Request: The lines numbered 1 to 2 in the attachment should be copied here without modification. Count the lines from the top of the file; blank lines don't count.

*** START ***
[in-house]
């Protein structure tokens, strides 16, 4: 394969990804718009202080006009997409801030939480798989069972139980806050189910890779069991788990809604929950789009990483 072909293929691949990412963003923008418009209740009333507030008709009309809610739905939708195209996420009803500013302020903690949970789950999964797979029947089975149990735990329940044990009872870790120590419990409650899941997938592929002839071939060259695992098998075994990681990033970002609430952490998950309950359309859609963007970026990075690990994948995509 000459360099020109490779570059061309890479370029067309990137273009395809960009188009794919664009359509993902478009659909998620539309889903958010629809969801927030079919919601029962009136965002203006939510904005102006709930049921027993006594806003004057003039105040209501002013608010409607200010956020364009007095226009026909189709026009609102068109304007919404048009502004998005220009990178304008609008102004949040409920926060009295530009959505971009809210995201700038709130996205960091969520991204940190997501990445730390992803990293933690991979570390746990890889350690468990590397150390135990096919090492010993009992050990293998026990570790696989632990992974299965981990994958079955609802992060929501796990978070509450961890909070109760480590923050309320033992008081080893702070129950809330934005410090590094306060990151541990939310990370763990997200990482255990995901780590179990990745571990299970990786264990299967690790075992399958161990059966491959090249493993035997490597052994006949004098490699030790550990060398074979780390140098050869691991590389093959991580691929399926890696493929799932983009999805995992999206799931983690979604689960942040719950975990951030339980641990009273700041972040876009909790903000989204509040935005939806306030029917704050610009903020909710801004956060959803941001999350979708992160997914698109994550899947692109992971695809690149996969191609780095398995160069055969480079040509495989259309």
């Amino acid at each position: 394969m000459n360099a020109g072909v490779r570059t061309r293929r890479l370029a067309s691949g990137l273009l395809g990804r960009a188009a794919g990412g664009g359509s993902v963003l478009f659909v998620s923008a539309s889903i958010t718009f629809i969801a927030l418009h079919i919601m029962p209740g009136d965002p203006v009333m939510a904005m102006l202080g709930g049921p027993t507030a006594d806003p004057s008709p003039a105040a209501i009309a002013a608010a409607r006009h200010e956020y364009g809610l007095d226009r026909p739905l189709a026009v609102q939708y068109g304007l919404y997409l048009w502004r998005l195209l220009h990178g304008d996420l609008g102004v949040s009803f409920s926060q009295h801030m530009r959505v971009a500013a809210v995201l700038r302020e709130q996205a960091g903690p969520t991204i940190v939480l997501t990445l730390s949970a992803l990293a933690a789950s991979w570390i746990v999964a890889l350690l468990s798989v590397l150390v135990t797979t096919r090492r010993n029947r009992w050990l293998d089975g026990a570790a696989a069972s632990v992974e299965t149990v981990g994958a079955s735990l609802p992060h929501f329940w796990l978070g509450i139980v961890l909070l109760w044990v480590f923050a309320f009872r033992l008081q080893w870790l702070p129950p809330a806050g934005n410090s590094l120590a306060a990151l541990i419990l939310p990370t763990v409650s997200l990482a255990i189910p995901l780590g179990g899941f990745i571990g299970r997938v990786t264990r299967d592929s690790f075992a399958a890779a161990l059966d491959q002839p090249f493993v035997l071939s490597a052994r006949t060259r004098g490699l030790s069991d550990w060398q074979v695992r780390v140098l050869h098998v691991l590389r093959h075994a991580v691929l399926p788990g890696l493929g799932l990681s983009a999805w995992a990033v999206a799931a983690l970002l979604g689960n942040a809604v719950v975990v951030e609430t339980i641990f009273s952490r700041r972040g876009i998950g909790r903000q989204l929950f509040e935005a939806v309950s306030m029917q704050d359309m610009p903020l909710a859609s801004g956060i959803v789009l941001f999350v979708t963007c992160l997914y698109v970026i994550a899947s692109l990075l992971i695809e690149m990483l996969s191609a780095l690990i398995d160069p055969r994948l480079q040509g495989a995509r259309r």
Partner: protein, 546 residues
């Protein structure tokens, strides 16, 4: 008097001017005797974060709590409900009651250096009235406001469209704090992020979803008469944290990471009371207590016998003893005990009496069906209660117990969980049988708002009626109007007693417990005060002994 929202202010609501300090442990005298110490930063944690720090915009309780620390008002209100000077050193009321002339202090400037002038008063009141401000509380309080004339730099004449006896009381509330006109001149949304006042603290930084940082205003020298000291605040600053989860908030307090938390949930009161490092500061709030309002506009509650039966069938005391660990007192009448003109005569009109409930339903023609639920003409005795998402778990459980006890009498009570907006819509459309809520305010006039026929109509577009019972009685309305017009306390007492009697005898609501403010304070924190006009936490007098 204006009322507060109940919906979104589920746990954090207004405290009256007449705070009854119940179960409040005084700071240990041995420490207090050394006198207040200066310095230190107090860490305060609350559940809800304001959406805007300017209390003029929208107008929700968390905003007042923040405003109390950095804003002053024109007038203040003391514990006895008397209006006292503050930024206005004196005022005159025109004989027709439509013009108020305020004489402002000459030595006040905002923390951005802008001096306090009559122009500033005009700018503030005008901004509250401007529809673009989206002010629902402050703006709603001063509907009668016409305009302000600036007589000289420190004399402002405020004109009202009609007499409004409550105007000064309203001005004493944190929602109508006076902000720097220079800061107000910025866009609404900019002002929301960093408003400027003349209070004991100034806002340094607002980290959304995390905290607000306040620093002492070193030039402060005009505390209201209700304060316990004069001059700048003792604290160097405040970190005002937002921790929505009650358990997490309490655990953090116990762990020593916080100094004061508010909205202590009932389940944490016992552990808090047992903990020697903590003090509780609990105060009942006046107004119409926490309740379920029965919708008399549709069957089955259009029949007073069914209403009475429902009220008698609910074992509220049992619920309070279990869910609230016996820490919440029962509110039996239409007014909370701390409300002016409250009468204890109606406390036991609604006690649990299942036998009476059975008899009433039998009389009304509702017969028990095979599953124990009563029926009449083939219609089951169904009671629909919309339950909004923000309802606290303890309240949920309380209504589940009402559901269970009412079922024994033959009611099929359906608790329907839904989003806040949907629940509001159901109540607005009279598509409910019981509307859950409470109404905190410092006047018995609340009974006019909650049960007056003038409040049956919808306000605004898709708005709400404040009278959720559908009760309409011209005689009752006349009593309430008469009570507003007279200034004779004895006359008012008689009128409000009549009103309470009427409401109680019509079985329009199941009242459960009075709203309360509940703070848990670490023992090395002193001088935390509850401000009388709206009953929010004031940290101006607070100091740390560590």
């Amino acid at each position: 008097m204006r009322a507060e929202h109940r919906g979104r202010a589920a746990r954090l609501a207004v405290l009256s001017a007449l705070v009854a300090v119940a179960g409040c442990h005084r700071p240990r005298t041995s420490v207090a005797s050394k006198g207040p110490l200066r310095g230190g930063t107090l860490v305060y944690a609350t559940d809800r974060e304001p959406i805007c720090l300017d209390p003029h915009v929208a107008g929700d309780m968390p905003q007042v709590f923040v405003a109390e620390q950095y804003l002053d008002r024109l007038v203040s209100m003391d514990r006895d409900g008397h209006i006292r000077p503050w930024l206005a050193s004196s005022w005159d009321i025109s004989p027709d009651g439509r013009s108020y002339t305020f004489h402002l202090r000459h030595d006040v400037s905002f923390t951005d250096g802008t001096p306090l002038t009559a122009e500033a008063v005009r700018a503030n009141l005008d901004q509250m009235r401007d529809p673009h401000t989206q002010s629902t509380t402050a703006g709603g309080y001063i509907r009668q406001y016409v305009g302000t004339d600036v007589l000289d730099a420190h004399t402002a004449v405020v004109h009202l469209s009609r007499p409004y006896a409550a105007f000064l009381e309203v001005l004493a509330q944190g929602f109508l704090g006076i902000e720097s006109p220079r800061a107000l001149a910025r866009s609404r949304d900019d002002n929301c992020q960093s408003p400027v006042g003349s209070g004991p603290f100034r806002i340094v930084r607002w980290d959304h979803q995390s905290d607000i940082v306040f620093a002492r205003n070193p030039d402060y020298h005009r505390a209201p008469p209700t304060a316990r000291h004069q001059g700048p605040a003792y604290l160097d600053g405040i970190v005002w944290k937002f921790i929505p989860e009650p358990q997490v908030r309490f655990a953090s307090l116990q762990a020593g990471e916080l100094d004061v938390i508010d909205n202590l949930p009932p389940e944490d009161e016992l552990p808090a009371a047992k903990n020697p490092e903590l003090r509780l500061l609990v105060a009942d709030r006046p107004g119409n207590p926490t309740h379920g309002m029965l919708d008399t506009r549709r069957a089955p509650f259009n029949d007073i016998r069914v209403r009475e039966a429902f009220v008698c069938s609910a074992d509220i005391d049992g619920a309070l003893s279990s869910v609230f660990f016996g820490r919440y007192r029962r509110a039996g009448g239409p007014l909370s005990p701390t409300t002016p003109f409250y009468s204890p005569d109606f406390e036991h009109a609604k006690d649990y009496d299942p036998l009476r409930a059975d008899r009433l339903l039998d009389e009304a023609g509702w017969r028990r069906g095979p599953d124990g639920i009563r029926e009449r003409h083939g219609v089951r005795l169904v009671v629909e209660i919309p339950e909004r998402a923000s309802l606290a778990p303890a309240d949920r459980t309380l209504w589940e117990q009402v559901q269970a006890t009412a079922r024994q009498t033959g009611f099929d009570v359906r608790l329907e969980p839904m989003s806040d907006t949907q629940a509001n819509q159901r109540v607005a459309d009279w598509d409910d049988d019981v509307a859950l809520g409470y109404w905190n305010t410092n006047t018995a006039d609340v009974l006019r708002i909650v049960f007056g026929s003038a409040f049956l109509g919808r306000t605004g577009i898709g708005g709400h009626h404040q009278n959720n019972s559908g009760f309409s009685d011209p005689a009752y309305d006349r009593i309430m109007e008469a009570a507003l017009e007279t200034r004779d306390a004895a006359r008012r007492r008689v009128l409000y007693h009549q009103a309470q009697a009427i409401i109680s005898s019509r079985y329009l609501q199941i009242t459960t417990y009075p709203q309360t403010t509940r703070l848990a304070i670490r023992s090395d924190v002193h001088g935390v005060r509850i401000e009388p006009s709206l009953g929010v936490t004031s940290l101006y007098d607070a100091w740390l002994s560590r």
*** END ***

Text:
[in-house]
């Protein structure tokens, strides 16, 4: 394969990804718009202080006009997409801030939480798989069972139980806050189910890779069991788990809604929950789009990483 072909293929691949990412963003923008418009209740009333507030008709009309809610739905939708195209996420009803500013302020903690949970789950999964797979029947089975149990735990329940044990009872870790120590419990409650899941997938592929002839071939060259695992098998075994990681990033970002609430952490998950309950359309859609963007970026990075690990994948995509 000459360099020109490779570059061309890479370029067309990137273009395809960009188009794919664009359509993902478009659909998620539309889903958010629809969801927030079919919601029962009136965002203006939510904005102006709930049921027993006594806003004057003039105040209501002013608010409607200010956020364009007095226009026909189709026009609102068109304007919404048009502004998005220009990178304008609008102004949040409920926060009295530009959505971009809210995201700038709130996205960091969520991204940190997501990445730390992803990293933690991979570390746990890889350690468990590397150390135990096919090492010993009992050990293998026990570790696989632990992974299965981990994958079955609802992060929501796990978070509450961890909070109760480590923050309320033992008081080893702070129950809330934005410090590094306060990151541990939310990370763990997200990482255990995901780590179990990745571990299970990786264990299967690790075992399958161990059966491959090249493993035997490597052994006949004098490699030790550990060398074979780390140098050869691991590389093959991580691929399926890696493929799932983009999805995992999206799931983690979604689960942040719950975990951030339980641990009273700041972040876009909790903000989204509040935005939806306030029917704050610009903020909710801004956060959803941001999350979708992160997914698109994550899947692109992971695809690149996969191609780095398995160069055969480079040509495989259309």